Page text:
The reputable companies out there that supply most of the open source hardware simply do not do this. You’ll never see good companies just run boards and slap their logo on it, and you’ll not see them just run boards and not work with the maker. We don’t need to, since hardware is basically not-protectable, but we choose to work with each other. It’s not perfect, but it’s working out. So, new makers, here are companies I don’t think you’ll need to worry about: MAKE, SparkFun, Seeed, Freetronics, Adafruit, EMSL, MakerBot, Arduino, Parallax, Wayne and Layne, and the giant list (add yours in the comments) of companies making and selling OSHW. All these companies compete in some ways, but we’re all trying to make the best hardware and out-do each other. The people who work for these companies have pride in their work, and I truly believe they’re all working toward adding value, not just a straight-up copy. And none of them will be violating trademarks or copyrights — we can’t, we all work with each other in some way. We all know that if we step on toes and not raise each other up, this movement will blow apart.

Just to put it in context, RadioShack didn’t need to work with the Arduino team to stock their stores with a board that worked and looked like the Arduino, but they did. There’s more value in working with each other. The Arduino name has value, so RadioShack worked with the Arduino team to stock their stores with real Arduinos. If you’re considering working on open source hardware don’t let any fears of a big company coming in stop you; in fact the big companies are the ones who won’t be cloning/counterfeiting.

Examples of cloning/counterfeiting

The three examples I’m going to use are from Arduino, which covers almost all possible examples, and then I’ll show an Adafruit counterfeit since I help run Adafruit. Right now in open source hardware, Arduino, SparkFun, and Adafruit are getting cloned/counterfeited the most — that’s just my opinion from some data points I’ve collected — feel free to post up your observations. I’m sure there’s a research paper out there in the works. By counterfeit I mean using the trademark/logo, and for cloning I also mean running the boards, not sticking to license, but I’m focusing on the obvious logo/trademark violations.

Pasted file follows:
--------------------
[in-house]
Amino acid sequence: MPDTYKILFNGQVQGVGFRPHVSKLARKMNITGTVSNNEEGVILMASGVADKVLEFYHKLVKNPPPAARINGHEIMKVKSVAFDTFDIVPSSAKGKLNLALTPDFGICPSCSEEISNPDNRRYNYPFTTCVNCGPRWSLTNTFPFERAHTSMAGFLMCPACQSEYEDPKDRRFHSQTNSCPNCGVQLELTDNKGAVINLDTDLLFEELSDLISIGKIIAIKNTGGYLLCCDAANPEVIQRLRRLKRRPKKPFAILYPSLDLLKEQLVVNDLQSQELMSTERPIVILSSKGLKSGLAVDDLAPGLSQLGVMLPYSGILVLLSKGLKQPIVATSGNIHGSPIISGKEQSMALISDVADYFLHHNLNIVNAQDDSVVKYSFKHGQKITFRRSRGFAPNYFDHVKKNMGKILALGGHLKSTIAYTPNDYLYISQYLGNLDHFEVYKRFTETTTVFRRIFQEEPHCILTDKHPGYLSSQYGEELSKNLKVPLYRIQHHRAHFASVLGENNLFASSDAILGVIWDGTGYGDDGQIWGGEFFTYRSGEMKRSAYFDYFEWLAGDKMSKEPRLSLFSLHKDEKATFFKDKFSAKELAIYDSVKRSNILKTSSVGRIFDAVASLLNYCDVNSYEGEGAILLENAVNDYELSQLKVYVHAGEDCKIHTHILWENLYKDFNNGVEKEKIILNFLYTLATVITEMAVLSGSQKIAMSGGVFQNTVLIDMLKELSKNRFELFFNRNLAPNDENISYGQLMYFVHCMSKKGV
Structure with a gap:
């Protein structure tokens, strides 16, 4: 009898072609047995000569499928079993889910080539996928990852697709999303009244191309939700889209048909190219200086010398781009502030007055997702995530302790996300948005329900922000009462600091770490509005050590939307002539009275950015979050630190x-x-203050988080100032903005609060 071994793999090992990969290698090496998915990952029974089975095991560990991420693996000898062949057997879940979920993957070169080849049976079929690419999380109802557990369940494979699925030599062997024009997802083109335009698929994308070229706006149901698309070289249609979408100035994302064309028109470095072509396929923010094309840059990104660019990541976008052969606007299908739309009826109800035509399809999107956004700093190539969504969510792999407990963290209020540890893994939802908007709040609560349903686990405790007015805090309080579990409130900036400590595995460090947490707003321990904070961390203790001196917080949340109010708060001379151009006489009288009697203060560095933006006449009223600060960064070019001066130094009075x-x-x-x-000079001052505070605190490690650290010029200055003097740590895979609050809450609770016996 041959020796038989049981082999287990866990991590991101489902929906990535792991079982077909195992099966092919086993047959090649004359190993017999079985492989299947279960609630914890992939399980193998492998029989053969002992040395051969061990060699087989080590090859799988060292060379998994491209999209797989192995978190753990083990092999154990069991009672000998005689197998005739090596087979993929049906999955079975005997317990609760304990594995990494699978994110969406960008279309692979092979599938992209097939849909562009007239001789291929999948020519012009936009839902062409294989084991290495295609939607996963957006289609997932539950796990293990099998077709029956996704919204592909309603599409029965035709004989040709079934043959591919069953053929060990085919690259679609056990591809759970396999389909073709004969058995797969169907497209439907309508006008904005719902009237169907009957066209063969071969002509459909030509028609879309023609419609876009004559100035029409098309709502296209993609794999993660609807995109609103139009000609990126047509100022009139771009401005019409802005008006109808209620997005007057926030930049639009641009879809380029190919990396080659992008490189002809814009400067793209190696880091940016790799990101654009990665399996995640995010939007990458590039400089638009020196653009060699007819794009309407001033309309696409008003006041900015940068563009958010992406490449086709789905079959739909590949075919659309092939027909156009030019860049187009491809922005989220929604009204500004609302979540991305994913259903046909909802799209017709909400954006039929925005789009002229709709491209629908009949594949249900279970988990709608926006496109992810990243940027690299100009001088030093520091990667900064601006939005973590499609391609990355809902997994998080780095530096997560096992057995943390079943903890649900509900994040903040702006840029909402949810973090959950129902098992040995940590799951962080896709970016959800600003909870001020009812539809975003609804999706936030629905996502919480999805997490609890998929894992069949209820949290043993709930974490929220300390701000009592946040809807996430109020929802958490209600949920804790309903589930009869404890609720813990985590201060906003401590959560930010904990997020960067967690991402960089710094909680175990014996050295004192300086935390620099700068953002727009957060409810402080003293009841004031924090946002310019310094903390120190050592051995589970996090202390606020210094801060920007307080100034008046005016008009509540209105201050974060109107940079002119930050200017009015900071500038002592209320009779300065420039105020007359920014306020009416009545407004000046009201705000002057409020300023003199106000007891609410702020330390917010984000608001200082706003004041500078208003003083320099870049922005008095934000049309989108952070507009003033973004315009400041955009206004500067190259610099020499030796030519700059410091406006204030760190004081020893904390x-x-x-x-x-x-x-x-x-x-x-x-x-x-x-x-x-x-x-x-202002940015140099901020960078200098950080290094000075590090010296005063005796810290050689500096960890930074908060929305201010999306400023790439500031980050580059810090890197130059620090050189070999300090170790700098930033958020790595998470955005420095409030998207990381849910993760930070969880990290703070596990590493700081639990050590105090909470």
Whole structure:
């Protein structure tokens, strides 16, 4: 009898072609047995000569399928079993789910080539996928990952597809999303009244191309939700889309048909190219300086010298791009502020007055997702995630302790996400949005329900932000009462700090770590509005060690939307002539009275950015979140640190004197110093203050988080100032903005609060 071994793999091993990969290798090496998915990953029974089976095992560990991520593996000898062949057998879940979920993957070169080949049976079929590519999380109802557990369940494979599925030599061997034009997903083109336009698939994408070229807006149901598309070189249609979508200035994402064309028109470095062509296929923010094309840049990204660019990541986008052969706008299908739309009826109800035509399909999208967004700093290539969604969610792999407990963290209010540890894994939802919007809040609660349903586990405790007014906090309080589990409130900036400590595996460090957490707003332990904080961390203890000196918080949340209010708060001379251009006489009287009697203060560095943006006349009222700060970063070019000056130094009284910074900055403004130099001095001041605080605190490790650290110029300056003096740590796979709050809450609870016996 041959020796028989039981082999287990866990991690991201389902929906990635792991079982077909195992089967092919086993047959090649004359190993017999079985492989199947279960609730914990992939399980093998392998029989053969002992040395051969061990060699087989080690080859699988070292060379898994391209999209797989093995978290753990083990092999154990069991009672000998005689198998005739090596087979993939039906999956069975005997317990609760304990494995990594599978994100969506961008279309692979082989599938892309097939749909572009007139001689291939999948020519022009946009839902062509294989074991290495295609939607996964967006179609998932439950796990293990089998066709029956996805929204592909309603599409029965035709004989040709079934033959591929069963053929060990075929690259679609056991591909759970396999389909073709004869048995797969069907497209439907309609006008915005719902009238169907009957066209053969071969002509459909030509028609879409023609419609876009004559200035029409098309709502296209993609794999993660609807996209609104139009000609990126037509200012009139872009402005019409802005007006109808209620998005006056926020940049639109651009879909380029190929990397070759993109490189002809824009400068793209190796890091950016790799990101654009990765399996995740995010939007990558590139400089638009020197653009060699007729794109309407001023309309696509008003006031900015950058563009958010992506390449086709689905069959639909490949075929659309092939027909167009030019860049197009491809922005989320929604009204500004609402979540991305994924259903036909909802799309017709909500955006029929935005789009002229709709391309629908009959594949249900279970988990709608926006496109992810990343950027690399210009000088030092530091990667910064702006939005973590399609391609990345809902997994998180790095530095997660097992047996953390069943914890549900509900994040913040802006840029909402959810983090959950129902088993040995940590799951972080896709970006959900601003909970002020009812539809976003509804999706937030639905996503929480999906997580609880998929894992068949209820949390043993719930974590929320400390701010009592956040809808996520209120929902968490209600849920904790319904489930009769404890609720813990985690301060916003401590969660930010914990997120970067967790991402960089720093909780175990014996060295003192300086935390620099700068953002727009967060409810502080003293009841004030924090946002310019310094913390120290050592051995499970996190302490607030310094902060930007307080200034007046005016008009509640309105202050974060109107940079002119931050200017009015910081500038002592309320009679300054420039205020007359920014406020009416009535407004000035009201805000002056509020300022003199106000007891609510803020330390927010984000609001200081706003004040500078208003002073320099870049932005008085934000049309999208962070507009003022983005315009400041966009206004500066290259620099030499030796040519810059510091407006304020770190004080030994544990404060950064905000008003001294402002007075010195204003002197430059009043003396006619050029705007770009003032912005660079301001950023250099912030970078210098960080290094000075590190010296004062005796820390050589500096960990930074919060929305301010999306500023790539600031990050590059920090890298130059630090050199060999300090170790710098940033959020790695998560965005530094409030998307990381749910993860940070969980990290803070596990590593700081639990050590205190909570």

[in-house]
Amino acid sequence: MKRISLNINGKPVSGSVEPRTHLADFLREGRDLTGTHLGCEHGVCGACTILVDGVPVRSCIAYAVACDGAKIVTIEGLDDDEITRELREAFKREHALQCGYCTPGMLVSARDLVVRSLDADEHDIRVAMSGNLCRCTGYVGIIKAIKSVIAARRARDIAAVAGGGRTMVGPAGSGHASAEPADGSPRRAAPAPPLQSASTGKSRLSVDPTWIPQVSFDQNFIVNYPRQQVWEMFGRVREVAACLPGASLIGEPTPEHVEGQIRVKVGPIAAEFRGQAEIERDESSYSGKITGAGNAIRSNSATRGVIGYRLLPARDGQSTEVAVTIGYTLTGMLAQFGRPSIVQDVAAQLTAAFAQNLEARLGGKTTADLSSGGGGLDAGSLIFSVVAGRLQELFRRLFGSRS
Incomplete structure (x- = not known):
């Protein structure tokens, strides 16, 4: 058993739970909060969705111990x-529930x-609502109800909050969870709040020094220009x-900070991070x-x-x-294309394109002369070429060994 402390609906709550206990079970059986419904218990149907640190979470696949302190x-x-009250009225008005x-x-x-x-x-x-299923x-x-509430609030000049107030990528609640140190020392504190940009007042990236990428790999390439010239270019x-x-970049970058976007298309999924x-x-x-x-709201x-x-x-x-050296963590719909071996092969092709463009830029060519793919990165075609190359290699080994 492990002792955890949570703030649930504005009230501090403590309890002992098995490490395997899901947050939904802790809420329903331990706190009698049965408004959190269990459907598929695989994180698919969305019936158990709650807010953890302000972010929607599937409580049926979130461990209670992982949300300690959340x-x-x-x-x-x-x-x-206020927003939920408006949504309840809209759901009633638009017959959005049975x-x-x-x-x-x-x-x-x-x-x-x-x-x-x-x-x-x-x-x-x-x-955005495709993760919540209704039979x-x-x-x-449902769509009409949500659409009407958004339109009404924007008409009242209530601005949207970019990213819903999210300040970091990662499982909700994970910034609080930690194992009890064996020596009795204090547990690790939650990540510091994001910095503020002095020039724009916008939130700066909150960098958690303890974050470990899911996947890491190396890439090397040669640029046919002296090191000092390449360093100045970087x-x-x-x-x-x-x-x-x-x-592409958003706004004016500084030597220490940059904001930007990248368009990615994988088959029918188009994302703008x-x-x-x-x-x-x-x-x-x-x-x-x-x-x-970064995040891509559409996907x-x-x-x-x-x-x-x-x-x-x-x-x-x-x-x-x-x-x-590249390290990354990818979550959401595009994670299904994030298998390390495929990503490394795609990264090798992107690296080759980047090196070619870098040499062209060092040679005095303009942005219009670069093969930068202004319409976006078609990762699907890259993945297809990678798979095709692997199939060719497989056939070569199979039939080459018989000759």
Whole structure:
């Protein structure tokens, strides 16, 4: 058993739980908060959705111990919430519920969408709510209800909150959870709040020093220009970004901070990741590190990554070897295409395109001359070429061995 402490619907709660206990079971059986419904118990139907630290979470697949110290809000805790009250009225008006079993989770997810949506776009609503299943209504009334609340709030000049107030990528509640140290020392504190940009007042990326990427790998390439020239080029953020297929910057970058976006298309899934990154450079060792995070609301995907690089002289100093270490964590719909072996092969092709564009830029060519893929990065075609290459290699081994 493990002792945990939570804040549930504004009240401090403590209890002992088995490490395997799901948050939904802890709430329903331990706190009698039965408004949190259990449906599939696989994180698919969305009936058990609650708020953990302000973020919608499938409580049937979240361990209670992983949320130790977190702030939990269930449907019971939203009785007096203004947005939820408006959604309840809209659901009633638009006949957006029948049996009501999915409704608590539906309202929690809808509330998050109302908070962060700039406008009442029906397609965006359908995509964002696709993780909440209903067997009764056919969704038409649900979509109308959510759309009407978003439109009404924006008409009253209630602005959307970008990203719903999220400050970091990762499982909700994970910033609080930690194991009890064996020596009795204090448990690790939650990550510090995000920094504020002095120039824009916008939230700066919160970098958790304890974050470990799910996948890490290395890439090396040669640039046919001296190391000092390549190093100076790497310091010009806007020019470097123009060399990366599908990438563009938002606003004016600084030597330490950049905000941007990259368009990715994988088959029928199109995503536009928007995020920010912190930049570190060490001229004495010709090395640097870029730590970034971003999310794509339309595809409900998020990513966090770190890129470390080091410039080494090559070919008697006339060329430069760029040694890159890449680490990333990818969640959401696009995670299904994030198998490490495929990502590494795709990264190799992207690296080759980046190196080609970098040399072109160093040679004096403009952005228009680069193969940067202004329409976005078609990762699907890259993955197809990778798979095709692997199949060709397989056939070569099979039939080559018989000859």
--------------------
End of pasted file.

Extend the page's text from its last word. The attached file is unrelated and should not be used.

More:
Pt 699
Pictured above, a counterfeit Arduino

This is a fake Arduino. Usually found on eBay, Amazon sellers, and not your usual electronics shop. At this point I consider eBay one of the worst places to get Arduino-related electronics at this time for beginners — there’s no real punishment for counterfeiting electronics, and Arduino counterfeits are everywhere on eBay. I know the Arduino team is working on getting this stopped, but the biggest victims are the customers who are tricked into thinking they’re buying real Arduinos.

Pt 922
Pictured above, a counterfeit Arduino

After this seller was caught, they just Photoshopped out the Arduino™ logo, but the customer was still sent a fake Arduino.

Pictured above, a counterfeit Arduino
Here’s another: the first one said “Made in Italy” but now it says “Made in China.” It still uses the trademarked name Arduino, so not quite OK. The recent trend I noticed is “Made in Italy” has been removed, quickly. My guess is that the punishment for saying “Made in Italy” is far worse than putting Arduino™ on something.